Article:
"What was happening was that Sailors were waiting for that one job. They weren't choosing red zone jobs because there was some sort of an idea that red was bad. It wasn't bad, it was just priority," said Scott Barbier, branch head for the enlisted readiness and support branch at Navy Personnel Command (NPC) in Millington, Tenn. "We were finding that ... we were having units out to deploy without certain critical jobs filled by the distribution system. So we did a complete review and [changed] how we do our advertisements so there is just a green zone. These are the highest priority jobs for the fleet."
The Navy did away with the color coding, and since the release of NAVADMIN 226/12 every billet advertised has been considered a "must fill." This means that fewer billets are posted each month, and Sailors don't have as many choices as they did under the old system.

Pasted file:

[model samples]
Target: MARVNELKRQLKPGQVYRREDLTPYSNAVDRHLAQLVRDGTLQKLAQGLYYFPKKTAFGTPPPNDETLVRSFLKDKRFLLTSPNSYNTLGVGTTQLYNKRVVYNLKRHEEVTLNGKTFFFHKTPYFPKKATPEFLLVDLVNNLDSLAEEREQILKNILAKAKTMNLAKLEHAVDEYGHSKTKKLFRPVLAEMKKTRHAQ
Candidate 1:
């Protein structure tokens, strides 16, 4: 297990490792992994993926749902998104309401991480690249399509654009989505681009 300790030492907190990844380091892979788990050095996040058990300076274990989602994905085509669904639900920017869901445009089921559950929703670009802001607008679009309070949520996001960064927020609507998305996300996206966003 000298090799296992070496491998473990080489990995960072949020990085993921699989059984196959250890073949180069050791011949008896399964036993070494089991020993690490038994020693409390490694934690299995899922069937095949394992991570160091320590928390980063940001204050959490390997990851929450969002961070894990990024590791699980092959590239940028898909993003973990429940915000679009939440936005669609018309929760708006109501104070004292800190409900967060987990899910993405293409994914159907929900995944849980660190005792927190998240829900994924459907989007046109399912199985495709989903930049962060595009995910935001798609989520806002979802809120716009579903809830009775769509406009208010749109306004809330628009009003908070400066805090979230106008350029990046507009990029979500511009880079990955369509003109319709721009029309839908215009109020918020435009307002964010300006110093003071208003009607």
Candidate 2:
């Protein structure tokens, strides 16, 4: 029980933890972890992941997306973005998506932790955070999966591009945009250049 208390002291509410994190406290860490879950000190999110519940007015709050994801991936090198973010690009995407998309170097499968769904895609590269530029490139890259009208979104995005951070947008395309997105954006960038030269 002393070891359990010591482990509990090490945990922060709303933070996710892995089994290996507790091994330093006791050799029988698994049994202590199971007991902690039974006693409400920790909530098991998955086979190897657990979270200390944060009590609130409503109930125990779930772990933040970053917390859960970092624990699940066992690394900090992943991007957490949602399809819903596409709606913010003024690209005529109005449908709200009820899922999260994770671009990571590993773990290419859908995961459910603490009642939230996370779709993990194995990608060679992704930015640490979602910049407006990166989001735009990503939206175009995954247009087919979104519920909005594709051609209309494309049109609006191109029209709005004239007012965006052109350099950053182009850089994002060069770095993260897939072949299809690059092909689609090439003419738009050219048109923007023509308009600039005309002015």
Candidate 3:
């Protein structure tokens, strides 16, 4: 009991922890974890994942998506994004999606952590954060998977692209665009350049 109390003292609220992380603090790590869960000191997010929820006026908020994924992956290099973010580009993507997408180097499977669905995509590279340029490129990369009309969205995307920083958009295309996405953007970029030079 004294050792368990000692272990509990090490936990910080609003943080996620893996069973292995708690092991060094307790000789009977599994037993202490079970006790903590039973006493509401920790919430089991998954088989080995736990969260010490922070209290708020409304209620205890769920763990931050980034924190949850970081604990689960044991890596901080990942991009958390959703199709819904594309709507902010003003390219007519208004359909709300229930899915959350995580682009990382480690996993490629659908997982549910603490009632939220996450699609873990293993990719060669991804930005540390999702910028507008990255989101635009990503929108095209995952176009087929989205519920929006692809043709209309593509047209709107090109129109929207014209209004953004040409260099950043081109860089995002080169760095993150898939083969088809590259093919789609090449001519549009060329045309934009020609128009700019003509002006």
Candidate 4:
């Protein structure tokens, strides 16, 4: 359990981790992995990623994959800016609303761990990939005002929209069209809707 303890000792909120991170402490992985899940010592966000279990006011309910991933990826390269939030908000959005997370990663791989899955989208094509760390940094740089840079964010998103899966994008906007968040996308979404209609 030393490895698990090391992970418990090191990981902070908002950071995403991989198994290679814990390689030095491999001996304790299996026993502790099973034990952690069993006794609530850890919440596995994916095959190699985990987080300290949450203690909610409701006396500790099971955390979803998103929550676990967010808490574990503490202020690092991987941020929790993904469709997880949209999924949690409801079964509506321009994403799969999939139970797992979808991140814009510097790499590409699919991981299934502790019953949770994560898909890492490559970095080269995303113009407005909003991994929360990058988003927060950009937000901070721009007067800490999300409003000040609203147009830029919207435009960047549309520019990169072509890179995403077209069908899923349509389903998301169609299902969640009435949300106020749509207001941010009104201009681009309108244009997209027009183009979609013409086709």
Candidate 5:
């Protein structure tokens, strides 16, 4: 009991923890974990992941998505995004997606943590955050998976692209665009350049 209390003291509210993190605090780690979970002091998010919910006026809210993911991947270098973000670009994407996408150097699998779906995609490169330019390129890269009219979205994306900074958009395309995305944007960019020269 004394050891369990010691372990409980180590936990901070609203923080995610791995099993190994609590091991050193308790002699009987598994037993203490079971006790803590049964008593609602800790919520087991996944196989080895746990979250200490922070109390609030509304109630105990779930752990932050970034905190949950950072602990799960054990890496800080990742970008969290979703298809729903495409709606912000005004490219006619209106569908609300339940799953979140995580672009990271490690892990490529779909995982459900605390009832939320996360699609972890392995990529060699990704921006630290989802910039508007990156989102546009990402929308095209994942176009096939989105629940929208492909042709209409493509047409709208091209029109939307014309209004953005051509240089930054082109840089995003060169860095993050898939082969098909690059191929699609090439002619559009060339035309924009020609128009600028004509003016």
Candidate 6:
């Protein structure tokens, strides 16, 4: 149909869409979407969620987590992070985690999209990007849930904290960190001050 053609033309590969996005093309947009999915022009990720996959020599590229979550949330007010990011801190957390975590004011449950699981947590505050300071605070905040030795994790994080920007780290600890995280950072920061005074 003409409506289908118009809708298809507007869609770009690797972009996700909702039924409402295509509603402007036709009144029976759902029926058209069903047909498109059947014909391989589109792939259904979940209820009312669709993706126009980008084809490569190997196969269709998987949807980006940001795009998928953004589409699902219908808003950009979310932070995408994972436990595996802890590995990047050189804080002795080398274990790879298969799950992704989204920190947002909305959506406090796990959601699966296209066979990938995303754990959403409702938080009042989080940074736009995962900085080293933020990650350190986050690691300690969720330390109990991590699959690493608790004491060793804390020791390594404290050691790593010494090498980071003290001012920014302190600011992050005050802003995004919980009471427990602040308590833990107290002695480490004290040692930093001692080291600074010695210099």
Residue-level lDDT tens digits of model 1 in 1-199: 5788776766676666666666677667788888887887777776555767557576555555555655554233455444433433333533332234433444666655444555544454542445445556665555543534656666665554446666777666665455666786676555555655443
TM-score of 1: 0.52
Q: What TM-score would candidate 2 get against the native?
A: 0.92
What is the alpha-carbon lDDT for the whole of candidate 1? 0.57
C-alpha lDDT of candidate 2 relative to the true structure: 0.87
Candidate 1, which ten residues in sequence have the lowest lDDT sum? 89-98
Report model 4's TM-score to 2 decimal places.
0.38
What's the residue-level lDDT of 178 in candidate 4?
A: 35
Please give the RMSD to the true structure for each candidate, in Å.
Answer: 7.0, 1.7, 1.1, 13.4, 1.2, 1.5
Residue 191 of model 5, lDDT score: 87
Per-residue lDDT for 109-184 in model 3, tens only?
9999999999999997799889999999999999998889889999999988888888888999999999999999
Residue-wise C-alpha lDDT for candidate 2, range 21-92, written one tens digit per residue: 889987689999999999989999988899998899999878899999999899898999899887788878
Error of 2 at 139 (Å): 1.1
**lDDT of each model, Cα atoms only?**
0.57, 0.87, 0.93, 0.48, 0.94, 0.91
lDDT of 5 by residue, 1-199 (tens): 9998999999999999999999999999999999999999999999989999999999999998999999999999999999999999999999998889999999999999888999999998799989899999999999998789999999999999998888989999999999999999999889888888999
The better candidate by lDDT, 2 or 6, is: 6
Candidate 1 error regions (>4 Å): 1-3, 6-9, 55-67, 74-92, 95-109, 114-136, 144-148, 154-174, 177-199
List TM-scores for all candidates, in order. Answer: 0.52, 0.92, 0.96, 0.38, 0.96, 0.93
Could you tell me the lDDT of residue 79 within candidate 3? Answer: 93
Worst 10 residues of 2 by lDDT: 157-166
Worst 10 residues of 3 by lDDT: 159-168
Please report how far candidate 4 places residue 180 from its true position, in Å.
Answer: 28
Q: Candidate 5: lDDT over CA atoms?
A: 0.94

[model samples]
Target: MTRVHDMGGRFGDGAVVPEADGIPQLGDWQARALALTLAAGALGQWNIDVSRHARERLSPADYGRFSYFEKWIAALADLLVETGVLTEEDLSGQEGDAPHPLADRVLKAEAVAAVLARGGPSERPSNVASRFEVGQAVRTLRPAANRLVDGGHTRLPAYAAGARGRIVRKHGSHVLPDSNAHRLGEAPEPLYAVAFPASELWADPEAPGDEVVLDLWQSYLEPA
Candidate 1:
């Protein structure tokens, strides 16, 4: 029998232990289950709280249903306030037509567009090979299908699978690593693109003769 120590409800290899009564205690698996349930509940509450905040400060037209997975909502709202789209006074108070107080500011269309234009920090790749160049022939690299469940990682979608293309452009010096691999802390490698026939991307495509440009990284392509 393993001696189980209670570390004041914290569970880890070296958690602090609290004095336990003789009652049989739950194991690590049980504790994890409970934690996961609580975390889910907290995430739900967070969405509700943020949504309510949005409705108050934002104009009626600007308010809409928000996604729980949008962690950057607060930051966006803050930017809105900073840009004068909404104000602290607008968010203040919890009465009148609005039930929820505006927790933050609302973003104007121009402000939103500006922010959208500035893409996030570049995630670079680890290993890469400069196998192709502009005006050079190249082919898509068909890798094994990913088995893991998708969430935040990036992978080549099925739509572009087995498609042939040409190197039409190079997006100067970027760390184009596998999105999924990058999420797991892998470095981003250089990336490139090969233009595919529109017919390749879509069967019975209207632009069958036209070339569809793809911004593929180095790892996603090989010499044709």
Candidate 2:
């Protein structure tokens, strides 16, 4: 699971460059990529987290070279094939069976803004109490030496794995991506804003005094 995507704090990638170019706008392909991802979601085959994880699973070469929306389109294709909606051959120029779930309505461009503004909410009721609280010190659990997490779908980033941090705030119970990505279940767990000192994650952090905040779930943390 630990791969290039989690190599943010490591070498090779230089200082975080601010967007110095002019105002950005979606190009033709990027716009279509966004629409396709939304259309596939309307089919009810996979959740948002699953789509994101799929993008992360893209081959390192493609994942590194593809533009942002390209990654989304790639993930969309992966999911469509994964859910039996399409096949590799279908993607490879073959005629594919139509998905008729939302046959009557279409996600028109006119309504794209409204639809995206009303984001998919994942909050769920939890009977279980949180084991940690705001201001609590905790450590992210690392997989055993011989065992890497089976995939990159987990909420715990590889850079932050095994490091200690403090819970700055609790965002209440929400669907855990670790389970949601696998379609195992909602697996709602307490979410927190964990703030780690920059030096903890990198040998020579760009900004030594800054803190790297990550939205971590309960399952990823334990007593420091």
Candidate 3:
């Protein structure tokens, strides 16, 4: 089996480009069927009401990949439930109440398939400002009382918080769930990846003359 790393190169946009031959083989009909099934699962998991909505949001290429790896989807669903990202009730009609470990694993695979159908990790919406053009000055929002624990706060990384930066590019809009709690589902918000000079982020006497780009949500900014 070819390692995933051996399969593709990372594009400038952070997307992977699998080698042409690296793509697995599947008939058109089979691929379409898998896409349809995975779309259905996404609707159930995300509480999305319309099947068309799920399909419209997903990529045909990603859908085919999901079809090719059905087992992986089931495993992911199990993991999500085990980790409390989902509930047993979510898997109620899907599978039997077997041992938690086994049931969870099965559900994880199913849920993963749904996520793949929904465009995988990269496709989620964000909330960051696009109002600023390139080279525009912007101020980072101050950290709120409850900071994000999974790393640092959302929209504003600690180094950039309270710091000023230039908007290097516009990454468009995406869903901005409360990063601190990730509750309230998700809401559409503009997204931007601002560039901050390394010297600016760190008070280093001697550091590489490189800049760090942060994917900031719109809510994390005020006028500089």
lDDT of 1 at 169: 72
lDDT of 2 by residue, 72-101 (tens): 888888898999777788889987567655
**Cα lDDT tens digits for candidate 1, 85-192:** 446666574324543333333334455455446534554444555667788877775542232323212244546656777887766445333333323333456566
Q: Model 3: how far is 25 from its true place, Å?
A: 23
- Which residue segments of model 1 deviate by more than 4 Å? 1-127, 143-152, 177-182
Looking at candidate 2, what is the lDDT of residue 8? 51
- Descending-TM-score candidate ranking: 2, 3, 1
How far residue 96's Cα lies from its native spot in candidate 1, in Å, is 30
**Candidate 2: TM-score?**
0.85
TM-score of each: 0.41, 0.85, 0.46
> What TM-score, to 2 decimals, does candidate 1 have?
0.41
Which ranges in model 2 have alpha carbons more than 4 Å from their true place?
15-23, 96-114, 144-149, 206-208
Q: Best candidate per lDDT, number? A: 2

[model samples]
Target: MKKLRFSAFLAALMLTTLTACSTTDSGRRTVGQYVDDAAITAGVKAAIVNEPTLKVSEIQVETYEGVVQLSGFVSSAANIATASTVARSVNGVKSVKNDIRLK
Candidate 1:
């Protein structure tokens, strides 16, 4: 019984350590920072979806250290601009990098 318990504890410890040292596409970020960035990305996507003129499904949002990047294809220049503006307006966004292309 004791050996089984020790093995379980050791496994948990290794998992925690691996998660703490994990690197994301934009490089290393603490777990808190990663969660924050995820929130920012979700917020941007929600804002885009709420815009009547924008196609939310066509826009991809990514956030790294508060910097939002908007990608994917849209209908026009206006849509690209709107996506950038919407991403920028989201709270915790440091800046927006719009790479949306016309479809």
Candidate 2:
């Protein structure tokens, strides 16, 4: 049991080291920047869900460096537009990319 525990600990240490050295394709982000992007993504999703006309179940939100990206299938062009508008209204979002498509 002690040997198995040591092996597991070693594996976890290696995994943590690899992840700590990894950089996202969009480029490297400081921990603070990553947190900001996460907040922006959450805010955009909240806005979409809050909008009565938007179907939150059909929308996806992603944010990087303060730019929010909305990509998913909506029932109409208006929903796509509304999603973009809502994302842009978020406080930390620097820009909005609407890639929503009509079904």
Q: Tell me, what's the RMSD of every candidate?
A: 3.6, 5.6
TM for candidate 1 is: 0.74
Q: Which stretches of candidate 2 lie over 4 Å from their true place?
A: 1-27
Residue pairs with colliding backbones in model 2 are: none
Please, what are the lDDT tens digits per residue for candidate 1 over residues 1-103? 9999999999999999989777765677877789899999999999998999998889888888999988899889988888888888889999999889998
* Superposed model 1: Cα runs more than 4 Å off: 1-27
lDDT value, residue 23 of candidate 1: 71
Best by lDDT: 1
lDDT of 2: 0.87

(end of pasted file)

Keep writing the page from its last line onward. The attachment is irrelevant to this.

How It Works
Sailors can still negotiate for orders when they are within seven to nine months of their projected rotation date at their current duty station. They can still review advertised billets on CMS/ID during the application phase and apply for a maximum of five jobs. The application phase is typically 10 days, which allows Sailors time to research available billets and discuss options with their family and chain of command.
Once a Sailor applies for a job on CMS/ID, the applicant's information is sent to the command that has the open billet. While that command can't see an applicant's name, social security number or gender, they can see the applicant's qualifications and are able to rank them in order of desirability. The detailer will then take this information and use it to decide which Sailor will be assigned.
Master Chief Culinary Specialist Paul Marshall, the senior enlisted advisor of enlisted distribution at NPC, said that doesn't mean a command will always get the Sailor they choose.